This article was first published in the New Nation, Britain’s number one Black newspaper (22nd March)
|Is it ‘cos I is Sussed?: community are increasingly aware of their rights
A leaked Metropolitan Police Authority (MPA) report seen by Blink shows ‘suspicion of drugs’ topping a list of reasons for stop and search, and accounts for 68% of all stops. Yet drugs is near the bottom of the table when it comes to arrests. Only 7% of all stops result in illegal substances being found.
The huge disparity between stops and arrests for drugs has angered campaigners who fear the notorious Sus law has returned by the back door. They claim officers are stereotyping black youth as likely drug dealers, or misusing ‘suspicion of drugs’ to stop people when they have no other excuse.
The shocking statistics are contained in a draft MPA report into the use of stop and search in London. The police figures were collected between November 2002 and April 2003 and are highlighted in a submission to the MPA inquiry by the Lambeth Community Police Consultative Group. Although they relate to the south London borough of Lambeth, they are believed to reflect the pattern across the capital, and is bound to reignite the debate about whether officers are still racial profiling instead of using ‘reasonable suspicion’.
Blink can also reveal that the MPA inquiry is set reach damning conclusions about the way police use their powers in London when it reports next month. The MPA panel, chaired by magistrate Cecile Wright, will demand a massive 75% reduction in the levels of stop and search over two years. The hard-hitting report will also call for an end to disproportionate levels of stop and search affecting the black community.
When the Stephen Lawrence inquiry reported in 1999, black people were five times more likely to be stopped and searched than their white counterparts. Just five years later this disproportionality has increased dramatically, with black people now eight times more likely to be stopped.
|Up against it: cops may have their wings clipped by new report into stop and search
However the MPA recommendation expected to spark the most controversy is a call for tough disciplinary action against any officer found to be using their stop and search powers in a racially discriminatory way. That finding is likely to meet strong resistance from the right-wing Police Federation, which represents rank-and-file officers.
Charles Bailey, a Brixton record producer and the brainchild behind a rap song and video for a London police ethnic minorities recruitment campaign in 1999, said he was appalled by figures showing ‘suspicion of drugs’ leading to most stops but very few arrests. He said: “In the last decade it was Sus, but in this decade it’s drugs. It’s an easy cover for officers to say they suspect drugs.”
The much-hated Sus laws were introduced in the 1960’s, and police use of these powers contributed to the inner city riots of the early 1980’s which led to it’s abolition. Bailey added: “Police officers really do need to look at themselves and realise that not all black people are criminals. They need to change their focus from cannabis and start concentrating on serious drugs like crack cocaine.”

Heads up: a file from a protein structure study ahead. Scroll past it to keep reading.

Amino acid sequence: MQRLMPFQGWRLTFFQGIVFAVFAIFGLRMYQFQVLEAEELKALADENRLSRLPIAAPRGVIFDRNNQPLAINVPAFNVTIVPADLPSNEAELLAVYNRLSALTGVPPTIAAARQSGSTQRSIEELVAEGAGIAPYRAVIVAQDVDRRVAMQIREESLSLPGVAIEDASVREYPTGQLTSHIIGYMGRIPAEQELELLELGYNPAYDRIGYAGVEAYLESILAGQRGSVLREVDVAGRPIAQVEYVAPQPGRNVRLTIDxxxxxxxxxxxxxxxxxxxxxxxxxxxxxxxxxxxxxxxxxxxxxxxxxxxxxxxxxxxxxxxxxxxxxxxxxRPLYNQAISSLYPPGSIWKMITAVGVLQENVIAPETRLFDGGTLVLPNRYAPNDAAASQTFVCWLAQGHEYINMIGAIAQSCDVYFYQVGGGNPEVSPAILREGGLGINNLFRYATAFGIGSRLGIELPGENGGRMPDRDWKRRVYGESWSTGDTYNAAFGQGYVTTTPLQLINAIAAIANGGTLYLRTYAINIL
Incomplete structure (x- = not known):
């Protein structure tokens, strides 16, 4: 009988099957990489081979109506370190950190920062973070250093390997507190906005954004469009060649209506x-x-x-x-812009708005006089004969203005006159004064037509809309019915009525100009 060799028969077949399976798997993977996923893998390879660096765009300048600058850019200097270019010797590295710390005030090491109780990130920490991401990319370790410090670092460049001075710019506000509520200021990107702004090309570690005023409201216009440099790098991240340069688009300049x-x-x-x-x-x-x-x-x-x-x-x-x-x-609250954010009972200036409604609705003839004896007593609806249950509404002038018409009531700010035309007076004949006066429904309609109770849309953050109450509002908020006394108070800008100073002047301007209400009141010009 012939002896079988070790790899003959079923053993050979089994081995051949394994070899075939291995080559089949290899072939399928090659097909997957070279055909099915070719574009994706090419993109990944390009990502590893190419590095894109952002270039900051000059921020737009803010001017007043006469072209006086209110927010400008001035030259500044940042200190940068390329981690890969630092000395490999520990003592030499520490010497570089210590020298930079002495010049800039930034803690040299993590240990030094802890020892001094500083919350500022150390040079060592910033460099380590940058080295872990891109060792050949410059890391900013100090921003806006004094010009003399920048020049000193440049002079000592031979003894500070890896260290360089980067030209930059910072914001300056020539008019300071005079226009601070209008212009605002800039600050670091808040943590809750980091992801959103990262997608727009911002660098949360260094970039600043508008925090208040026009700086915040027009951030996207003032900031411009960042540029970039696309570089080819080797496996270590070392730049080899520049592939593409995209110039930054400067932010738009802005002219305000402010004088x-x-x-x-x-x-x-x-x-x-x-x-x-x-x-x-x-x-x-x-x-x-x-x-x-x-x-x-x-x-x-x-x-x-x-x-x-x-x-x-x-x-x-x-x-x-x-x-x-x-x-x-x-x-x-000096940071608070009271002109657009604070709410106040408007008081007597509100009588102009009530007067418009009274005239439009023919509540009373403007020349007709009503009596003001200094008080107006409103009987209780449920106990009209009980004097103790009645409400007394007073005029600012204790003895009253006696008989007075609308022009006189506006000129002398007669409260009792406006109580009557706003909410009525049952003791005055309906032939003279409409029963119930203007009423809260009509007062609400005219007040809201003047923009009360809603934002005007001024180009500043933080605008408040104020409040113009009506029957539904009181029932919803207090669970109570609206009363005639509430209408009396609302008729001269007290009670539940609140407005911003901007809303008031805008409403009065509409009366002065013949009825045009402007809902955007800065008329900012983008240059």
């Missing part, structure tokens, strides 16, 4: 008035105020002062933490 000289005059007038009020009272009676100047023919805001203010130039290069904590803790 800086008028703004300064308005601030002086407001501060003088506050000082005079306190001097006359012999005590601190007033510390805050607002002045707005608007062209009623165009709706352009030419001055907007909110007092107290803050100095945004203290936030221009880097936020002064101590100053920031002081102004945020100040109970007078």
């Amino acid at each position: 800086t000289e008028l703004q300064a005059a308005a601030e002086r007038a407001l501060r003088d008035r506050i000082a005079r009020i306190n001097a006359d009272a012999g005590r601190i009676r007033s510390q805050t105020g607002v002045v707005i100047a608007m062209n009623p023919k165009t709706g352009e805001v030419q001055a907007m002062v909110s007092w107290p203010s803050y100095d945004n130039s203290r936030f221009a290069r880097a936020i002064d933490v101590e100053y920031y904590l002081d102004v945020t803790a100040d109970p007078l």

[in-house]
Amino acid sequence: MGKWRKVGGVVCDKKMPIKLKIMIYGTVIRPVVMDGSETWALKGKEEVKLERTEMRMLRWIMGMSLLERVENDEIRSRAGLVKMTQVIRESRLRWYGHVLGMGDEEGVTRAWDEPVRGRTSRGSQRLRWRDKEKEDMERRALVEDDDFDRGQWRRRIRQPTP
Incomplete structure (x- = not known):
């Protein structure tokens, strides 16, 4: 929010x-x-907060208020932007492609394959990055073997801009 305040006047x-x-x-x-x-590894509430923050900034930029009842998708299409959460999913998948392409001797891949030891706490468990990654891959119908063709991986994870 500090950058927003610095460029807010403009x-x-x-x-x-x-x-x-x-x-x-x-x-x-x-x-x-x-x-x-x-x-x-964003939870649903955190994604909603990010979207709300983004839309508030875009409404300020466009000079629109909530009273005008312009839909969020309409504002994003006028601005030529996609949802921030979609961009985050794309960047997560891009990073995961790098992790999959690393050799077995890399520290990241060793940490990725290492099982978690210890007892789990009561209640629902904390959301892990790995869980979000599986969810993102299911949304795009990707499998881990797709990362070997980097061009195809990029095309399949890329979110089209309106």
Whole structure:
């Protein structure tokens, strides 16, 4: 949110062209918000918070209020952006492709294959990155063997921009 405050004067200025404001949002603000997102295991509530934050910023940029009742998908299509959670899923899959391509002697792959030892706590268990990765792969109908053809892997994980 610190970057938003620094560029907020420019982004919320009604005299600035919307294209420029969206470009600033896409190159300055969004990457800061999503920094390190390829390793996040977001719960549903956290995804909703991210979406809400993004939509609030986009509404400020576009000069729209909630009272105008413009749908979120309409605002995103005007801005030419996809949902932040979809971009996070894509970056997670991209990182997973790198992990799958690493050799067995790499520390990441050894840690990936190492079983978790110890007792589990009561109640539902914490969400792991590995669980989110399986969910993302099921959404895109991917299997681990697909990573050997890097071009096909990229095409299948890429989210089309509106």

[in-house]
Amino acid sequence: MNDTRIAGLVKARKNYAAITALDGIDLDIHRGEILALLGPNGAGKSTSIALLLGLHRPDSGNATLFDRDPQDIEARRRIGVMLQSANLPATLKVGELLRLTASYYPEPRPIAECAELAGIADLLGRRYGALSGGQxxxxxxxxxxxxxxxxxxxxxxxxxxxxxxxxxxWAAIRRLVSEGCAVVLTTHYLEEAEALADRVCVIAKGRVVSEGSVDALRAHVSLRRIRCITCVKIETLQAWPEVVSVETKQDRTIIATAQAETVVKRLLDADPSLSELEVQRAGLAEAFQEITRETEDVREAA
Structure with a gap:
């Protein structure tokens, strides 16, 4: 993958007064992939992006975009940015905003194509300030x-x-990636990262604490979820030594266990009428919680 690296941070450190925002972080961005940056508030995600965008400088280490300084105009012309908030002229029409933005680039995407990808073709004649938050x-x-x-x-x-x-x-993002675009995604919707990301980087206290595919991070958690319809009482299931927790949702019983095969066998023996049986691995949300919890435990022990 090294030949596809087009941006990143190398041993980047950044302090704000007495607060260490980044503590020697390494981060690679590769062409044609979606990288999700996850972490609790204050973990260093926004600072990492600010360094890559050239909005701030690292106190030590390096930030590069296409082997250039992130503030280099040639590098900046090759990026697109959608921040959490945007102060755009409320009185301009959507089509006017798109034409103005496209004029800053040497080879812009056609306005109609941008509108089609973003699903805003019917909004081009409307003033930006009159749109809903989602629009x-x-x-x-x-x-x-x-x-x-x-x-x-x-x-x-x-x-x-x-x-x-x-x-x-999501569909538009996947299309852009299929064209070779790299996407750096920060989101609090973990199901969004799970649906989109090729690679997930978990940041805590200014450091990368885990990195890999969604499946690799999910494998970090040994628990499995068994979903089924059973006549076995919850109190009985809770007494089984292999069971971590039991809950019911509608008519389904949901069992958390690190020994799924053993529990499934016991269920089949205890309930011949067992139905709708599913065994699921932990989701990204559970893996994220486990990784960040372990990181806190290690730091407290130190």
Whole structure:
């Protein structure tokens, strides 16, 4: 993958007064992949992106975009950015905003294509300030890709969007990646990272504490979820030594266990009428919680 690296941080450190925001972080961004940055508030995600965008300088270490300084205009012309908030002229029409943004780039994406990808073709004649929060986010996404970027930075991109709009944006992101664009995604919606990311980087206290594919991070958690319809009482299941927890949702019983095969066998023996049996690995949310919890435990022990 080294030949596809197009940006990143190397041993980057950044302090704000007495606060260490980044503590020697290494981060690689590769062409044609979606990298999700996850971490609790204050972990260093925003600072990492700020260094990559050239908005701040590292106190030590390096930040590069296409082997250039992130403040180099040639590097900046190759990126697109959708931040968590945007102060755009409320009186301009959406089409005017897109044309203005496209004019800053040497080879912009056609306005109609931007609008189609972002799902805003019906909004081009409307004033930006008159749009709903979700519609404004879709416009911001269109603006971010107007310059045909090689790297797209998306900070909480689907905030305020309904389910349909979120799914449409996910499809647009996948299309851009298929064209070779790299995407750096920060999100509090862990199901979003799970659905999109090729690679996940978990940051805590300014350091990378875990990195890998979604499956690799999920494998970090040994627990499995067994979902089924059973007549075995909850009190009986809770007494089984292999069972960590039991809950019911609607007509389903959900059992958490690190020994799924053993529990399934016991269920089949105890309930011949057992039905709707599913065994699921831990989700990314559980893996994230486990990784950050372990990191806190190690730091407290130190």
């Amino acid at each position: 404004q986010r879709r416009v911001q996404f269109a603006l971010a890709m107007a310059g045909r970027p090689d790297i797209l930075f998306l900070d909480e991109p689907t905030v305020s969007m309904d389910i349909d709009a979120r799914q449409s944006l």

Dr Richard Stone, a former member of the Stephen Lawrence inquiry panel, said officers were too willing to associate black people with drugs, but paid less attention to drug dealing in predominantly white private schools. He added: “Bad officers are looking for some sort of reason to stop black people. A lot of black and Asian people tell me they feel police are likely to target them as likely to be a drug dealer or addict.”
MPA stop and search panel member Peter Herbert said: “It’s ludicrous that you can have such different rates for stops and arrests on drugs. It appears to be a misapplication of their powers of reasonable suspicion, and as such is unlawful. My gut reaction is this is racial bias and is not an effective use of police time. They are further alienating the very people who are going to be important when it comes to partnership in fighting crime.”
And lawyer Sadiq Khan, who has represented several cases of police discrimination and brutality, said: “My concern is you’ve got huge numbers of people stopped and searched, but few are arrested, fewer still are charged, and a minor fraction are convicted. What they’re doing is criminalising, and giving members of the community a bad experience of the police.”
However local police superintendent Andy Tarrant defended the stop and search figures for Lambeth. He said: “We’re going to drill down into the figures and be honest, open and transparent, and involve the community. We did have a cannabis experiment running while the figures were being done so they need a health warning. We want to know what the issues are and find solutions.”
A new research study submitted to the MPA looking at the use of stop and search in the London boroughs of Brent, Hackney, Tower Hamlets, Westminster, Lambeth and Southwark has shown that most youth were given inadequate reasons why they were stopped. Interviews with 304 young people last year found that over half had been stopped more than five times, and that many regarded stops as a normal part of their everyday lives.
One respondent quoted in the study said: “They’re just on you, they’re so much all over you when they stop you.” Another said: “The police did not give me no good reason. On each occasion they failed to give me an explanation. The police said it was routine.” Although many felt stop and search was degrading and humiliating, of those interviewed only 18 had made a complaint and none were satisfied with the response. An ICM poll in 2002 found that while 55% of black people believed police discriminate on the basis of race, only 34% of white people think likewise.
|Reason For S&S
|Reason For S&S
Overall arrest rate
Source: Lambeth BCU, Nov 2002 to April 2003